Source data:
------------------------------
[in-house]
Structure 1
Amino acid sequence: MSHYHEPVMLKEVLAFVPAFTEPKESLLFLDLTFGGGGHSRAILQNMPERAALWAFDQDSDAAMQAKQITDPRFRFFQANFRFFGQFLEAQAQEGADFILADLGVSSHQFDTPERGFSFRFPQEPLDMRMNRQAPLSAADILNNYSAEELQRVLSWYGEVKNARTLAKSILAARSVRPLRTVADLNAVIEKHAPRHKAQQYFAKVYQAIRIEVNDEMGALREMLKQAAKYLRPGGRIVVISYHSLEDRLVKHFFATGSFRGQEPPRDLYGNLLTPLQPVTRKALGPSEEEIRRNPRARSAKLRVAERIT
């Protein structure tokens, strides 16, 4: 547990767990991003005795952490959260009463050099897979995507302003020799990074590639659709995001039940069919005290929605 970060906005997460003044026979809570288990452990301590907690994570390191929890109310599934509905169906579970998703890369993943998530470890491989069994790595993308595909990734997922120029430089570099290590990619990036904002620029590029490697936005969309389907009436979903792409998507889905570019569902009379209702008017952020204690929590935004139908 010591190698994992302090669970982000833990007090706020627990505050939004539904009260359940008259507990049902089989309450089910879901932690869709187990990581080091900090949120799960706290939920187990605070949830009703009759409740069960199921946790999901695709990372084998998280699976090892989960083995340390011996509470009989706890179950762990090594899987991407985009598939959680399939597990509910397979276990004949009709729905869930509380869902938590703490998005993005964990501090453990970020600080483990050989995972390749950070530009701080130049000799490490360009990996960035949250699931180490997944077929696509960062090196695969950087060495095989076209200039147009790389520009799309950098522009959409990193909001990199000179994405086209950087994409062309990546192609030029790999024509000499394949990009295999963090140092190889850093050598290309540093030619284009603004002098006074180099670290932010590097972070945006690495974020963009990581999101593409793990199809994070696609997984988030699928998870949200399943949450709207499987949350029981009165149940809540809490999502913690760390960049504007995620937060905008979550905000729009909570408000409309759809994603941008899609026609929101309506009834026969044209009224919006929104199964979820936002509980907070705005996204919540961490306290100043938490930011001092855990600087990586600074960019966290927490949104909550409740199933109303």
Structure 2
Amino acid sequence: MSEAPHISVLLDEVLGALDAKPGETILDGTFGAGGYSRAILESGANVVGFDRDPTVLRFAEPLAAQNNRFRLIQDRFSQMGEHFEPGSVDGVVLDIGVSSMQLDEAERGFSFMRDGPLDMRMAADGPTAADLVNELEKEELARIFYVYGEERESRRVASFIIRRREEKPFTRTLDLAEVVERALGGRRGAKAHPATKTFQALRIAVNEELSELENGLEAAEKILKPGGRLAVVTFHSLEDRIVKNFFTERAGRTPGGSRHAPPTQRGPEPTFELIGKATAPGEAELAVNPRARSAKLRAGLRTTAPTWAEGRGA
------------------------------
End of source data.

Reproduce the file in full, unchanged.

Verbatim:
[in-house]
Structure 1
Amino acid sequence: MSHYHEPVMLKEVLAFVPAFTEPKESLLFLDLTFGGGGHSRAILQNMPERAALWAFDQDSDAAMQAKQITDPRFRFFQANFRFFGQFLEAQAQEGADFILADLGVSSHQFDTPERGFSFRFPQEPLDMRMNRQAPLSAADILNNYSAEELQRVLSWYGEVKNARTLAKSILAARSVRPLRTVADLNAVIEKHAPRHKAQQYFAKVYQAIRIEVNDEMGALREMLKQAAKYLRPGGRIVVISYHSLEDRLVKHFFATGSFRGQEPPRDLYGNLLTPLQPVTRKALGPSEEEIRRNPRARSAKLRVAERIT
């Protein structure tokens, strides 16, 4: 547990767990991003005795952490959260009463050099897979995507302003020799990074590639659709995001039940069919005290929605 970060906005997460003044026979809570288990452990301590907690994570390191929890109310599934509905169906579970998703890369993943998530470890491989069994790595993308595909990734997922120029430089570099290590990619990036904002620029590029490697936005969309389907009436979903792409998507889905570019569902009379209702008017952020204690929590935004139908 010591190698994992302090669970982000833990007090706020627990505050939004539904009260359940008259507990049902089989309450089910879901932690869709187990990581080091900090949120799960706290939920187990605070949830009703009759409740069960199921946790999901695709990372084998998280699976090892989960083995340390011996509470009989706890179950762990090594899987991407985009598939959680399939597990509910397979276990004949009709729905869930509380869902938590703490998005993005964990501090453990970020600080483990050989995972390749950070530009701080130049000799490490360009990996960035949250699931180490997944077929696509960062090196695969950087060495095989076209200039147009790389520009799309950098522009959409990193909001990199000179994405086209950087994409062309990546192609030029790999024509000499394949990009295999963090140092190889850093050598290309540093030619284009603004002098006074180099670290932010590097972070945006690495974020963009990581999101593409793990199809994070696609997984988030699928998870949200399943949450709207499987949350029981009165149940809540809490999502913690760390960049504007995620937060905008979550905000729009909570408000409309759809994603941008899609026609929101309506009834026969044209009224919006929104199964979820936002509980907070705005996204919540961490306290100043938490930011001092855990600087990586600074960019966290927490949104909550409740199933109303």
Structure 2
Amino acid sequence: MSEAPHISVLLDEVLGALDAKPGETILDGTFGAGGYSRAILESGANVVGFDRDPTVLRFAEPLAAQNNRFRLIQDRFSQMGEHFEPGSVDGVVLDIGVSSMQLDEAERGFSFMRDGPLDMRMAADGPTAADLVNELEKEELARIFYVYGEERESRRVASFIIRRREEKPFTRTLDLAEVVERALGGRRGAKAHPATKTFQALRIAVNEELSELENGLEAAEKILKPGGRLAVVTFHSLEDRIVKNFFTERAGRTPGGSRHAPPTQRGPEPTFELIGKATAPGEAELAVNPRARSAKLRAGLRTTAPTWAEGRGA